The Carthaginians were some of the richest and most powerful people in the ancient world. A Phoenician colony, Carthage was located in present-day Tunisia. The city was operative from around 800 BCE until 146 BCE, when it was sacked and destroyed by the Romans.
There is something else that was notable about the Carthaginians. This particular ancient culture sacrificed its own children to their gods. The wealth and good fortune of their city-state, Carthaginians believed, could only be assured by pleasing the gods, and their gods were hungry for children. These children, many seemingly only a few weeks old, were taken to ritual locations known as “tophets.” The accumulation of archaeological evidence from Carthage studied in recent decades reveals that the sacrifices appeared to have been carried out year after year. Archaeologists excavating the “tophet” sites have found the cremated remains in over a thousand urns, all containing the remains of sacrificed children.
Literary sources confirm the Carthaginian belief in child sacrifice. The Roman historian Diodorus wrote, “There was in their city a bronze image of Cronus, extending its hands, palms up and sloping towards the ground, so that each of the children when placed thereon rolled down and fell into a sort of gaping pit filled with fire.” Diodorus also alleged that some elite members of society actually purchased children from poor people and then reared them specifically for sacrifice. The burned remains of the children, often intermingled with those of animals who were also sacrificed with them, were then buried beneath tombstones expressing gratitude and thanks to the gods whose favor was now assured.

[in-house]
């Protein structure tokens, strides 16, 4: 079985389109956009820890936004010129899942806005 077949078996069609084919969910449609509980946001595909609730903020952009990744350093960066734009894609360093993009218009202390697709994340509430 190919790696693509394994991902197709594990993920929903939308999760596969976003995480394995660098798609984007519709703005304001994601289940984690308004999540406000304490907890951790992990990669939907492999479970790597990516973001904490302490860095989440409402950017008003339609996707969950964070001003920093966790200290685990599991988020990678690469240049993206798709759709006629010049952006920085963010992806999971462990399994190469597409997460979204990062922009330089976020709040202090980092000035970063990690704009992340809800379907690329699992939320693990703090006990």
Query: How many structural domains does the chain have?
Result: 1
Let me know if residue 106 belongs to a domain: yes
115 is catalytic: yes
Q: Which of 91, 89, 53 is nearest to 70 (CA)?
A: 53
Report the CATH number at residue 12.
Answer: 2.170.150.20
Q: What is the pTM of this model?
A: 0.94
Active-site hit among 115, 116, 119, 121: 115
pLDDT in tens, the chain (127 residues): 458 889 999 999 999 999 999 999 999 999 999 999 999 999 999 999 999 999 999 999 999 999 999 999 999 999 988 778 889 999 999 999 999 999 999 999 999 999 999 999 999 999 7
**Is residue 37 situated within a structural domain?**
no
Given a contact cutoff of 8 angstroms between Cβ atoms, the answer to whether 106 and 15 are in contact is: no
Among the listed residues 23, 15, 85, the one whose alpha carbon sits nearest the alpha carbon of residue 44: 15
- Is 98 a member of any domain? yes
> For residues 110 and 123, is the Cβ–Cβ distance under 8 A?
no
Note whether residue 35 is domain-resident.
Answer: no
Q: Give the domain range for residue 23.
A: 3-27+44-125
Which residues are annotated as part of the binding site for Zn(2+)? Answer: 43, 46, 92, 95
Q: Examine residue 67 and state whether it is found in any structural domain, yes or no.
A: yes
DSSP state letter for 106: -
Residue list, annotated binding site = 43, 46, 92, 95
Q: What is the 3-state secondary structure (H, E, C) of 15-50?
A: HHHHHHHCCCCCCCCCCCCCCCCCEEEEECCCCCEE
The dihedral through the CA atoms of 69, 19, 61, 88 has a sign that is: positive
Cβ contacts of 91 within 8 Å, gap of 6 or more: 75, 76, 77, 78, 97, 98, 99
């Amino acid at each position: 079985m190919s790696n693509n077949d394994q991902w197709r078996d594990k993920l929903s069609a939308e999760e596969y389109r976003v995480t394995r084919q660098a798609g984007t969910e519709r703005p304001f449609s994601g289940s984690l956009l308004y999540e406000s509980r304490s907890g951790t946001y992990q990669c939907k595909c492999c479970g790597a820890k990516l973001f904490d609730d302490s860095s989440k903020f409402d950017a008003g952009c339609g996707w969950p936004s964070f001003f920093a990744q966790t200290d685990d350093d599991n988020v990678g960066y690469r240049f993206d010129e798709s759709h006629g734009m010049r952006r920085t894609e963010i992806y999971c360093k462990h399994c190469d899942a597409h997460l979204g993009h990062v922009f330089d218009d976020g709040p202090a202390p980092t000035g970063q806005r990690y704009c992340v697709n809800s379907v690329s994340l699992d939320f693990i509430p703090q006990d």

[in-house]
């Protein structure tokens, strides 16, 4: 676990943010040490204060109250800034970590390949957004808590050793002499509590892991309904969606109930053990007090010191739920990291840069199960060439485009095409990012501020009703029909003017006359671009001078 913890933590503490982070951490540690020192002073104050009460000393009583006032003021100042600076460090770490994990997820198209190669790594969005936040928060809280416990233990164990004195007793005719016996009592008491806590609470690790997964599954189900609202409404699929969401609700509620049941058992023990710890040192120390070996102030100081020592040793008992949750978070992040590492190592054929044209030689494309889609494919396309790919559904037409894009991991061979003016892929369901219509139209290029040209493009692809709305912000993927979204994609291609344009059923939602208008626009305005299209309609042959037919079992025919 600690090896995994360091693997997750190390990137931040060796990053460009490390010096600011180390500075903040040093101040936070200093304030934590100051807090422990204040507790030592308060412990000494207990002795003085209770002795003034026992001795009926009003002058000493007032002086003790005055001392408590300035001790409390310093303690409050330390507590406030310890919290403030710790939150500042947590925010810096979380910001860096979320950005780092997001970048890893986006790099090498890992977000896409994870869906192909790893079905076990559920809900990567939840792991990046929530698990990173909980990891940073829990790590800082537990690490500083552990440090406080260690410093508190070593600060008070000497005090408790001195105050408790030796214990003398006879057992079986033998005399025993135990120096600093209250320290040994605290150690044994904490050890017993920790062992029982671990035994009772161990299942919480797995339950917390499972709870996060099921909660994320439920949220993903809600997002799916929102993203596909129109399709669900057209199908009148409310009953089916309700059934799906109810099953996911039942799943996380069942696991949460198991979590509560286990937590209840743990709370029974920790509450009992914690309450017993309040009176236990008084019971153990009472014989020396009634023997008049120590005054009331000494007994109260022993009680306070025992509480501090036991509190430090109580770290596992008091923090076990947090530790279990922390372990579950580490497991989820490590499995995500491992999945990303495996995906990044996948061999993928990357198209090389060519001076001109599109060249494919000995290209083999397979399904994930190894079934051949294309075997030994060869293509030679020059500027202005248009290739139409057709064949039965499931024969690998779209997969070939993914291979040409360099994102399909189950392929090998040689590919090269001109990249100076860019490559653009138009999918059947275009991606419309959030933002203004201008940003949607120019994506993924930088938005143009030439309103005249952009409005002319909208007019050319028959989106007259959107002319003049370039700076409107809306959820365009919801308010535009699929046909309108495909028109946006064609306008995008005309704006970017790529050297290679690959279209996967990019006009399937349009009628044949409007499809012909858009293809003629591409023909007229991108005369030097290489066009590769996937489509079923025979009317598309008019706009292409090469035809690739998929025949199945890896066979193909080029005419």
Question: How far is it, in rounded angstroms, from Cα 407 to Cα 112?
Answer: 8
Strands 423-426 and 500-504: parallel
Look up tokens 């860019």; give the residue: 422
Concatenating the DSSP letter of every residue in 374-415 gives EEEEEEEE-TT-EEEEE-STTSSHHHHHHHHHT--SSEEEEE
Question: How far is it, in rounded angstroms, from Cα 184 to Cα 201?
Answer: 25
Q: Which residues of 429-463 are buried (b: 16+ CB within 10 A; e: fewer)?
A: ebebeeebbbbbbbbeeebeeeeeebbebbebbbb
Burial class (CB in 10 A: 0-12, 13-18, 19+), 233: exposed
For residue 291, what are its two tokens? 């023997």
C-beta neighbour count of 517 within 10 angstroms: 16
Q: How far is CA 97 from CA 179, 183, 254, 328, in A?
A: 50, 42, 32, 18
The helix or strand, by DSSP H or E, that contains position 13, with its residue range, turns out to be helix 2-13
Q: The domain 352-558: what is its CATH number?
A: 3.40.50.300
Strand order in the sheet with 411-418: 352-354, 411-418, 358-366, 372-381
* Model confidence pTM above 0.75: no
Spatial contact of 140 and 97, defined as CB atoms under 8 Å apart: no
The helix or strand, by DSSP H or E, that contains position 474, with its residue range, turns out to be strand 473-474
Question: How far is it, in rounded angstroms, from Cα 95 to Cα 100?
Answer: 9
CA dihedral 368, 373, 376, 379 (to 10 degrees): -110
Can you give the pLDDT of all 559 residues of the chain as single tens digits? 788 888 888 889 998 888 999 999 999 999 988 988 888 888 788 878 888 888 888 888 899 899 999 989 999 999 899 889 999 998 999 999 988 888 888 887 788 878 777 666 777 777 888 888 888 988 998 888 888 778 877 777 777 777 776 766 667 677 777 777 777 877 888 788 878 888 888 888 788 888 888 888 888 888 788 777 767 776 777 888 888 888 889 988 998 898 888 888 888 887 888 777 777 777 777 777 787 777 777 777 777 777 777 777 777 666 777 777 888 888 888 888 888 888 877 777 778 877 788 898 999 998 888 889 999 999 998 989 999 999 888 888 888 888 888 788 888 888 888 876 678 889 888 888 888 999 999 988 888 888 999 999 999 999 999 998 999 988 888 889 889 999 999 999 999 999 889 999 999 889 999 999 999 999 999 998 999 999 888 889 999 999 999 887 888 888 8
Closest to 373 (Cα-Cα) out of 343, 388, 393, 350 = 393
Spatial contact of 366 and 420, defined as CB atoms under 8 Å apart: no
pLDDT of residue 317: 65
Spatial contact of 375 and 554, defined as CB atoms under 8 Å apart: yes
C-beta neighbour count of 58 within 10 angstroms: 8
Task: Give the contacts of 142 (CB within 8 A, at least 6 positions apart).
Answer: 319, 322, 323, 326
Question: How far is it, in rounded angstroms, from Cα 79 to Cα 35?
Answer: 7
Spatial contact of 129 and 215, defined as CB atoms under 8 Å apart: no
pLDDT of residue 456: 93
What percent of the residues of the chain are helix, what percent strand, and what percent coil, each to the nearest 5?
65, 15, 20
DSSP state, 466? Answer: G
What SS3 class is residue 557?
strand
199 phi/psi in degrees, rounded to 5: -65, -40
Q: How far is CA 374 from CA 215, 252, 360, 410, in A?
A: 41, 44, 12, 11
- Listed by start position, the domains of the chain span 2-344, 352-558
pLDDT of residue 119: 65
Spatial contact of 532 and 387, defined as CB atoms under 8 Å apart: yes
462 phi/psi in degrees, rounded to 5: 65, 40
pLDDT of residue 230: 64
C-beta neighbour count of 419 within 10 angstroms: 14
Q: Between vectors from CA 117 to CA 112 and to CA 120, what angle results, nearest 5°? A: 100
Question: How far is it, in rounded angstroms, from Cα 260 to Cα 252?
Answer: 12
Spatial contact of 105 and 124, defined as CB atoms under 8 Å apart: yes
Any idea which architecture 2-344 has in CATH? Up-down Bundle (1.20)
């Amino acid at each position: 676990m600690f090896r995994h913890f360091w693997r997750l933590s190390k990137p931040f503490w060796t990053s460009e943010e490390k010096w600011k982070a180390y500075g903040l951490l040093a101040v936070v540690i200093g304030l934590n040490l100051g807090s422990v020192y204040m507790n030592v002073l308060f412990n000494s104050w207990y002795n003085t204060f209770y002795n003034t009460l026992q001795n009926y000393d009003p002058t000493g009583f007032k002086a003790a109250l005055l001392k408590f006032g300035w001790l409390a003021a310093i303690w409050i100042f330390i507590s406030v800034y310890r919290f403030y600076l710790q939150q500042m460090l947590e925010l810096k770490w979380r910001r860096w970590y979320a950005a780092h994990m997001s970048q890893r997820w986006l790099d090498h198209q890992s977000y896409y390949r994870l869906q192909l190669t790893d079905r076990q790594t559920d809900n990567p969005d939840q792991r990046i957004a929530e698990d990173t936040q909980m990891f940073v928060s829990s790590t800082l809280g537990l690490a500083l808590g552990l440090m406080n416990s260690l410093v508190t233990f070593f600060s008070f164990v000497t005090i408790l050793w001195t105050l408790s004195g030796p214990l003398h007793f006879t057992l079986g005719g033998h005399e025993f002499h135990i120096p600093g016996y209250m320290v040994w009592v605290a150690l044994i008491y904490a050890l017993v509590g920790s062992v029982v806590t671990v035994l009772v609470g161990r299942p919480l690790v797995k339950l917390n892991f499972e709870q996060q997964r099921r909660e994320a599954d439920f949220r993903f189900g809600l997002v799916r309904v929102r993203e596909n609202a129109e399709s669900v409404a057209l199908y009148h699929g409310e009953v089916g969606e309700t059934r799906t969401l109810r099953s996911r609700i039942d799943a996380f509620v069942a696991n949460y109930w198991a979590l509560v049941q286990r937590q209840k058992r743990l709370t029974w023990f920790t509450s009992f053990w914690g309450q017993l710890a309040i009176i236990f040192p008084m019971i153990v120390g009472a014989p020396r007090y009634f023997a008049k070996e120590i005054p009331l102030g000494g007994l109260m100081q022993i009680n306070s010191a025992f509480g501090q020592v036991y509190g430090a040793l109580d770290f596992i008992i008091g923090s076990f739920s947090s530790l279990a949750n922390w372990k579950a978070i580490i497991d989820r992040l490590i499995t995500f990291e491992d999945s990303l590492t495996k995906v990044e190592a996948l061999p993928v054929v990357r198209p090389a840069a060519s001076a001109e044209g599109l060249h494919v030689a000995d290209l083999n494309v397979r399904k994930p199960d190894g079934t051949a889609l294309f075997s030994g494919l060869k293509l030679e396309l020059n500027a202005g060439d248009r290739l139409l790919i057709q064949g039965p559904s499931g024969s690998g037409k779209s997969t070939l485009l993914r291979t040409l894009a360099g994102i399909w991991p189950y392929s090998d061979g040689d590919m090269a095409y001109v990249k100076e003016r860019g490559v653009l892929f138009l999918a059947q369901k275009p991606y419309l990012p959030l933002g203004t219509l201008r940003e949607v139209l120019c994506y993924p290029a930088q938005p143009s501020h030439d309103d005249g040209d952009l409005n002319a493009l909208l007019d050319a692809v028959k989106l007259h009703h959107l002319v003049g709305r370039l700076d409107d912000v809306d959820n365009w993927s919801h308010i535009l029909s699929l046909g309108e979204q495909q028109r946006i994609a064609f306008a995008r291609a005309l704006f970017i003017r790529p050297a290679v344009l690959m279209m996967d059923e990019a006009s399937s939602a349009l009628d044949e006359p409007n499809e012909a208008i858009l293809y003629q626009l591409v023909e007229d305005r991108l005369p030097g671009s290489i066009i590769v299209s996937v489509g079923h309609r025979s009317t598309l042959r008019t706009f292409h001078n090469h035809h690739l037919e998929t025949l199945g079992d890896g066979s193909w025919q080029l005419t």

Americans have this in common with the Carthaginians. Year after year, the United States sacrifices children at the altar of gun rights. Since the Columbine shootings in 1999, at least 185 people have been killed in school violence, according to the Washington Post—the great majority of them children and teenagers. The Post’s database shows that more than three hundred eleven thousand children have now witnessed gun violence in schools. And school shootings are just a fraction of the death toll: already this year, 142 children (eleven and younger) and 515 teens have been killed by gunshots, according to the Gun Violence Archive. Tallying GVA reports from these last four years, more than four thousand children and teens have been shot and killed.